Fostering the delivery of wind power: an evaluation of the performance of policy instruments in three European Union member states.
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OTITOJU, A., STRACHAN, P. A. and TOKE, D., 2010. Assessing the performance of the UK Renewables Option : Cinderella or an ugly sister? In: P. A. STRACHAN, D. TOKE and D. LAL, eds. Wind power and power politics: international perspectives. Abingdon: Routledge. pp. 140-167.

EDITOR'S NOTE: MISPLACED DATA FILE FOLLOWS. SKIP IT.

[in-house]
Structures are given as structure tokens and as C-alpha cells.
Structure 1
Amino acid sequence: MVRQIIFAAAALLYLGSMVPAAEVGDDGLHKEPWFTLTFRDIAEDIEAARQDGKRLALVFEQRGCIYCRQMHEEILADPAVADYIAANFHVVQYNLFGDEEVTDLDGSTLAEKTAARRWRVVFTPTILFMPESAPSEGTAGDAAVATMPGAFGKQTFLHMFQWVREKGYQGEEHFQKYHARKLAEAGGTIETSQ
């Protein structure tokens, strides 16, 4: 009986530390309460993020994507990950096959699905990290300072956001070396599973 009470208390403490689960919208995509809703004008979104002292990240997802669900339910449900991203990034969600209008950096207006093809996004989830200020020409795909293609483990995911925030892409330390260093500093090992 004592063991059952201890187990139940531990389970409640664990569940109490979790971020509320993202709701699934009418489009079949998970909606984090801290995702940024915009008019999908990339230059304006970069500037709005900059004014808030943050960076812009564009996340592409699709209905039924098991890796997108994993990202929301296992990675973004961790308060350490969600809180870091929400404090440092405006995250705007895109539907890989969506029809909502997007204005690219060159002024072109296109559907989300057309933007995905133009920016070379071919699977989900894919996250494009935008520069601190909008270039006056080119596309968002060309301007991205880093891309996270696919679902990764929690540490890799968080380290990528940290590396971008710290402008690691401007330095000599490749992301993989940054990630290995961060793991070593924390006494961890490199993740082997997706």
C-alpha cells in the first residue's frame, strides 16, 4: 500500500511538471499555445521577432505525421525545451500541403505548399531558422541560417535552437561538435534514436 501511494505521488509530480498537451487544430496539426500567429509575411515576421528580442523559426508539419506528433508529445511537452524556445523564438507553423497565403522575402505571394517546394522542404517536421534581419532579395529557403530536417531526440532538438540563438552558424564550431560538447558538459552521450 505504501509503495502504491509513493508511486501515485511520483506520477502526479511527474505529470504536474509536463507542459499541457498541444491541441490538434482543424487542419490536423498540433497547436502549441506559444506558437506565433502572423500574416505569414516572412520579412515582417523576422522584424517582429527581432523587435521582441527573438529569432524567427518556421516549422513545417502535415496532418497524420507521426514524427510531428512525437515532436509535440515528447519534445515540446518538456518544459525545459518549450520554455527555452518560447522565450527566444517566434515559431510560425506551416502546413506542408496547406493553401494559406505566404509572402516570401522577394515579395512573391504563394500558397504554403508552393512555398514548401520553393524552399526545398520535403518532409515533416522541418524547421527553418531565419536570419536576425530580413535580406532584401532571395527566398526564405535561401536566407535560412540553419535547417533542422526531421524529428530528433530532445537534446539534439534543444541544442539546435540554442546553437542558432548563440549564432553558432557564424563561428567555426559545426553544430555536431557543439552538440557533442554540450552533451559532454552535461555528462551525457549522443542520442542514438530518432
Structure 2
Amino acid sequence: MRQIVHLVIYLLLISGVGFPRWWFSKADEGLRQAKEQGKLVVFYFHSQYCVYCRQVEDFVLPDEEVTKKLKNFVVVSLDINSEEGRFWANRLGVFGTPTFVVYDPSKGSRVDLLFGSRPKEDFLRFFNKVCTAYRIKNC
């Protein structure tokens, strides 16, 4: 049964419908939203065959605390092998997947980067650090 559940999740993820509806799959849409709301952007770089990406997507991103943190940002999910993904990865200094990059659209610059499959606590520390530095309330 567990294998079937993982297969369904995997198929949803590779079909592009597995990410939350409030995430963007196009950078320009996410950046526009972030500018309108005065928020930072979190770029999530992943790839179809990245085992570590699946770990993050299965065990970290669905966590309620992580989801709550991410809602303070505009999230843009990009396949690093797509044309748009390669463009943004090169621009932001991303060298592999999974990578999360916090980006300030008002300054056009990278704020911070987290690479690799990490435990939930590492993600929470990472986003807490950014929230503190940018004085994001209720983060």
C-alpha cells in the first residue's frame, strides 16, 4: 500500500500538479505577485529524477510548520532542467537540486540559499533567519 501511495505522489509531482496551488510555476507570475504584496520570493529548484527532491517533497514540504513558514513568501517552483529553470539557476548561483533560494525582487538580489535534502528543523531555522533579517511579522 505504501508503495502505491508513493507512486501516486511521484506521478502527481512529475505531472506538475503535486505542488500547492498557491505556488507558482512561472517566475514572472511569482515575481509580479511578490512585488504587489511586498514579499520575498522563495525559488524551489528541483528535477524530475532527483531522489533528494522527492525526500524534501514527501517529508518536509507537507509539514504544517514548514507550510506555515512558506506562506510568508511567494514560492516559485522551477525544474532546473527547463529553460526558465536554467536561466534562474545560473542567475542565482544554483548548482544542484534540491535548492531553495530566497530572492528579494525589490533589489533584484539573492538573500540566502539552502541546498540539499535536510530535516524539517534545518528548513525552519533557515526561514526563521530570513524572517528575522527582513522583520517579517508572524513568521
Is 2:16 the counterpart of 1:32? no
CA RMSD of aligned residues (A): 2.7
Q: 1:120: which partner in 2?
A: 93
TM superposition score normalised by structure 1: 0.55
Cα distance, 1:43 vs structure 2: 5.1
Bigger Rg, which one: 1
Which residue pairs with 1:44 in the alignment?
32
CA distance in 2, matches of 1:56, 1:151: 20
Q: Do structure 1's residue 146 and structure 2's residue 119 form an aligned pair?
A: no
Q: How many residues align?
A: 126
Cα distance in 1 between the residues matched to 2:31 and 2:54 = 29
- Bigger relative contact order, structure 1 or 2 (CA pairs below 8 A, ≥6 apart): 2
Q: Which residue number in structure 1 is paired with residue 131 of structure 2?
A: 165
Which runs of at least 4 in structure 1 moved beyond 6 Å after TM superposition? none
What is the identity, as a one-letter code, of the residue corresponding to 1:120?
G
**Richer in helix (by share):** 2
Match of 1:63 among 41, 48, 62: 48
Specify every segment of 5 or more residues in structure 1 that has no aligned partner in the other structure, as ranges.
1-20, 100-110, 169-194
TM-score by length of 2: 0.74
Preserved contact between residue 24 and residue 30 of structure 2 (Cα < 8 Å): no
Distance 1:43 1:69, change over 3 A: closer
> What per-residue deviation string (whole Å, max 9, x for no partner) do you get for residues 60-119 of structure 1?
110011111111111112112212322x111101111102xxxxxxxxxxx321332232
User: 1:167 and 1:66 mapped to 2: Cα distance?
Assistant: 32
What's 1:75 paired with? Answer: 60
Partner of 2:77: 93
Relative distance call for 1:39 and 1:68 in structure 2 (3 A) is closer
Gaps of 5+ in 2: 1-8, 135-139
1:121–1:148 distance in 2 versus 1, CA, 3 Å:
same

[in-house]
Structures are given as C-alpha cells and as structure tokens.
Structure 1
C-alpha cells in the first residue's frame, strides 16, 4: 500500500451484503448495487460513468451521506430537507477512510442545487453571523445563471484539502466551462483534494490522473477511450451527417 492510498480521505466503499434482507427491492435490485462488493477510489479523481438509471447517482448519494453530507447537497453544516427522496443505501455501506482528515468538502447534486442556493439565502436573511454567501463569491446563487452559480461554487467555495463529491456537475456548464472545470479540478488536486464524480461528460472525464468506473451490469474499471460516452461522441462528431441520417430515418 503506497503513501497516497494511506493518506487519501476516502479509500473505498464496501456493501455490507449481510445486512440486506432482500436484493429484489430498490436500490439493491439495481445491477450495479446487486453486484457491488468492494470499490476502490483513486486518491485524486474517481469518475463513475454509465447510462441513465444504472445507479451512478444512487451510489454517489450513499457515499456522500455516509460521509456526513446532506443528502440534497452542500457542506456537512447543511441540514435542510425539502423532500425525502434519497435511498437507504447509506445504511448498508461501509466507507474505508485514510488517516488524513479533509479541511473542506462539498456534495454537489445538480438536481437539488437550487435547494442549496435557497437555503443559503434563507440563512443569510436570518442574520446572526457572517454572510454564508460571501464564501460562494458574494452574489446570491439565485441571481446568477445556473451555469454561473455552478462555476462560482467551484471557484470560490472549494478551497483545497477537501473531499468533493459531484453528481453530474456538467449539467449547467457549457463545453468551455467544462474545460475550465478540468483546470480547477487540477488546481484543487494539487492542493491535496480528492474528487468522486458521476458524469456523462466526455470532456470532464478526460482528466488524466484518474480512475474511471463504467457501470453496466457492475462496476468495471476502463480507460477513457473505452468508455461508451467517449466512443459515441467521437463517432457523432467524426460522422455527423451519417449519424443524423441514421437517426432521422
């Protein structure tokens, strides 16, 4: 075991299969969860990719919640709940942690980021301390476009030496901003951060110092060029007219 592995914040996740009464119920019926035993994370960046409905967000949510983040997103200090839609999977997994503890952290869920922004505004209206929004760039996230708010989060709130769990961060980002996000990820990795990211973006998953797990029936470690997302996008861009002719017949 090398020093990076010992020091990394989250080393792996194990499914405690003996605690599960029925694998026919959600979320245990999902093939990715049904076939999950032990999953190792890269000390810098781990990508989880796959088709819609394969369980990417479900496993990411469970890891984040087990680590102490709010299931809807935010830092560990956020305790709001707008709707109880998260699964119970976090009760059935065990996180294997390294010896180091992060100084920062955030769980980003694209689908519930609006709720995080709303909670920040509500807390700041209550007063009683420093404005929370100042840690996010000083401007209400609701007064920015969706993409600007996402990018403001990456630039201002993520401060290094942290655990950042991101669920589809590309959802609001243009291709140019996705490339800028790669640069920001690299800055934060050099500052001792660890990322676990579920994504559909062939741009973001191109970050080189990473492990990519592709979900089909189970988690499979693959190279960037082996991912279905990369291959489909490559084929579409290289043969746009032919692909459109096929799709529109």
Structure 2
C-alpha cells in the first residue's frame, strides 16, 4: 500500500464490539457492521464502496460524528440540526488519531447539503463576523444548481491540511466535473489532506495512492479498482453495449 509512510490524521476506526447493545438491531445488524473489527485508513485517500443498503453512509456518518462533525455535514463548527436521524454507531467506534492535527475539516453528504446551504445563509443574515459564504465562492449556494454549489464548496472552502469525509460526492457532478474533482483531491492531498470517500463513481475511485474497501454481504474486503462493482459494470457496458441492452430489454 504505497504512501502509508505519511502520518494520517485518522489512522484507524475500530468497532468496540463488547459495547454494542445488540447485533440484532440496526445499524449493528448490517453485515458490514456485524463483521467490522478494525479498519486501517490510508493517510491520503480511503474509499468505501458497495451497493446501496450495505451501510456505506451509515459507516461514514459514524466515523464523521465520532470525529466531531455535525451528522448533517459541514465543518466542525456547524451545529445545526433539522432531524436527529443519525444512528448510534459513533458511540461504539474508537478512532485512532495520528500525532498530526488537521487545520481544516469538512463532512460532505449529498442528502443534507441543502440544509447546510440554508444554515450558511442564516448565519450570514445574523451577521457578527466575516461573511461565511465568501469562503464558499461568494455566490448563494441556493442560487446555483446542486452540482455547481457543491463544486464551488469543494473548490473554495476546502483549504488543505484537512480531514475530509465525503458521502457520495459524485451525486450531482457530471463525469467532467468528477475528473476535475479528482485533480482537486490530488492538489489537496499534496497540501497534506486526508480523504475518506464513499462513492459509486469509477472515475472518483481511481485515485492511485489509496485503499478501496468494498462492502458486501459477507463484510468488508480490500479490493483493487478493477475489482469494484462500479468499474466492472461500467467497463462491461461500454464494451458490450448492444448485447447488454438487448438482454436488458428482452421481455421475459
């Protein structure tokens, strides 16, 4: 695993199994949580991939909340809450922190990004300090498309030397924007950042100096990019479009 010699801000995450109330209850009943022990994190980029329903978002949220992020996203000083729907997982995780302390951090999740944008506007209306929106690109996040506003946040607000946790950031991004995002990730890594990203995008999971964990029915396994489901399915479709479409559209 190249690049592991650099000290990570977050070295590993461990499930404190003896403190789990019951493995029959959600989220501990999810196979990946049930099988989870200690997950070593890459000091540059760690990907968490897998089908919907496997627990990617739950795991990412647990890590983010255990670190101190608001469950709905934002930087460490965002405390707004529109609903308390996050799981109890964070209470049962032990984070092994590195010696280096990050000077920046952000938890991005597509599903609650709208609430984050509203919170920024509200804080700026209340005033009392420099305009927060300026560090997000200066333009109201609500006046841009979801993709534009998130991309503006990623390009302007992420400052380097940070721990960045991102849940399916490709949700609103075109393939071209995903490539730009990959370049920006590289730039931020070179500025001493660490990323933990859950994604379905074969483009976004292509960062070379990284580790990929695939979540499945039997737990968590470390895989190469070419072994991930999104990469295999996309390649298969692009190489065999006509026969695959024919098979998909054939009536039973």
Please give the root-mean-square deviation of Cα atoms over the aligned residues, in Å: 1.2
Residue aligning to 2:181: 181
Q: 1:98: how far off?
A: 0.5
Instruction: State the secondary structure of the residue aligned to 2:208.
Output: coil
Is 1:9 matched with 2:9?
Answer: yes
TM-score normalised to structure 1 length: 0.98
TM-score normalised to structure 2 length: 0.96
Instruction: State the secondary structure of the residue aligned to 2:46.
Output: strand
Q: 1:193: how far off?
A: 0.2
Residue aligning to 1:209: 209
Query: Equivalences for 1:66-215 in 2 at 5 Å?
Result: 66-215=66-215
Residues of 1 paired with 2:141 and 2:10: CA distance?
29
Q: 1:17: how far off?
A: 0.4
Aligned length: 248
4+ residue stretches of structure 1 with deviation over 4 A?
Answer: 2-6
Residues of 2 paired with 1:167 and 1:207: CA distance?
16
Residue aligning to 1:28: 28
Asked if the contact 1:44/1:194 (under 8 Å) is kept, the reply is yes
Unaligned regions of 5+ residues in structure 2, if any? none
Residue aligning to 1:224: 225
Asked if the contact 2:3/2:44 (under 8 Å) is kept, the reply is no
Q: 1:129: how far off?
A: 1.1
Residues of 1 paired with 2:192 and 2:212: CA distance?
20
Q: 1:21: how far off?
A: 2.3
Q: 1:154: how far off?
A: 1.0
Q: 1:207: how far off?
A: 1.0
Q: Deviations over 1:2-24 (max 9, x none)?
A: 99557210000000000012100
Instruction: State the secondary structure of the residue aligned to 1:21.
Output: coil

Worldwide energy policies are built on three pillars: ‘cost competitiveness’, ‘security of energy supply’, and ‘environmental responsibility.’ This has brought about the integration of renewable energy sources into national systems with the deployment of policy instruments to make renewable energy sources electricity (RES-E) capable of nearly competing on a commercial basis with traditional forms of electricity generation. At the national level within the EU, there has been much experimentation with different policy instruments with varying levels of success. Nevertheless the EU as a whole will not meet its stipulated renewable energy target. This study challenges the theoretical and abstract evaluation presented in the literature about EU wind power delivery systems and has developed an integrative evaluation framework. This evaluation framework is used in this study to present the views of key stakeholders on their experiences with the performance of key policy instruments (feed-in tariff, and renewables obligation) implemented in three EU Member States namely: Germany, The Netherlands, and United Kingdom. It also challenges the EU-wide harmonised renewable energy policy agenda as proposed in Directive 2001/77/EC. The concept of path dependency of the historical institutional approach was adopted in order to explore the diversity of the wind power industry across the three country cases. An indepth semi-structured interview with fifty-five senior wind power policy makers and experts was conducted to explore the historical emergence, the architect, and the outcome of the support and implementation of the policy instruments. Findings showed that the approach to wind power deployment in the three country cases differs significantly and this has affected the pattern of each country’s wind power policy instrument. Also, the role and contribution of the stakeholder groups to the success of the wind power policy instruments differ significantly in each of the country cases. This helps to explain the performance of the different policy instruments adopted. Concerning the harmonisation of EU renewable energy policy instruments which have received much attention in recent times, this study found that harmonisation based on a single policy instrument is not feasible and may ultimately inhibit the growth of the European wind power market. A harmonised system may cause uncertainties amongst willing investors, thereby causing a withdrawal of further investment in the wind power market. If this happens, Europe may also lose its position as the world leader in the wind power market. Furthermore, national histories demonstrates that Member States have different culture, stakeholder groups, political, and business practices that will influence policy instruments and the likelihood of any policy succeeding. Thus, rather than promoting harmonisation and political market for wind power, it is important that Member States adopt and implement, stable, flexible, and transparent policy instruments that enable wind power and other renewable energy sources to emerge, develop, and go through the R&D stage to a point of maturity where they can compete with other energy sources with limited financial support.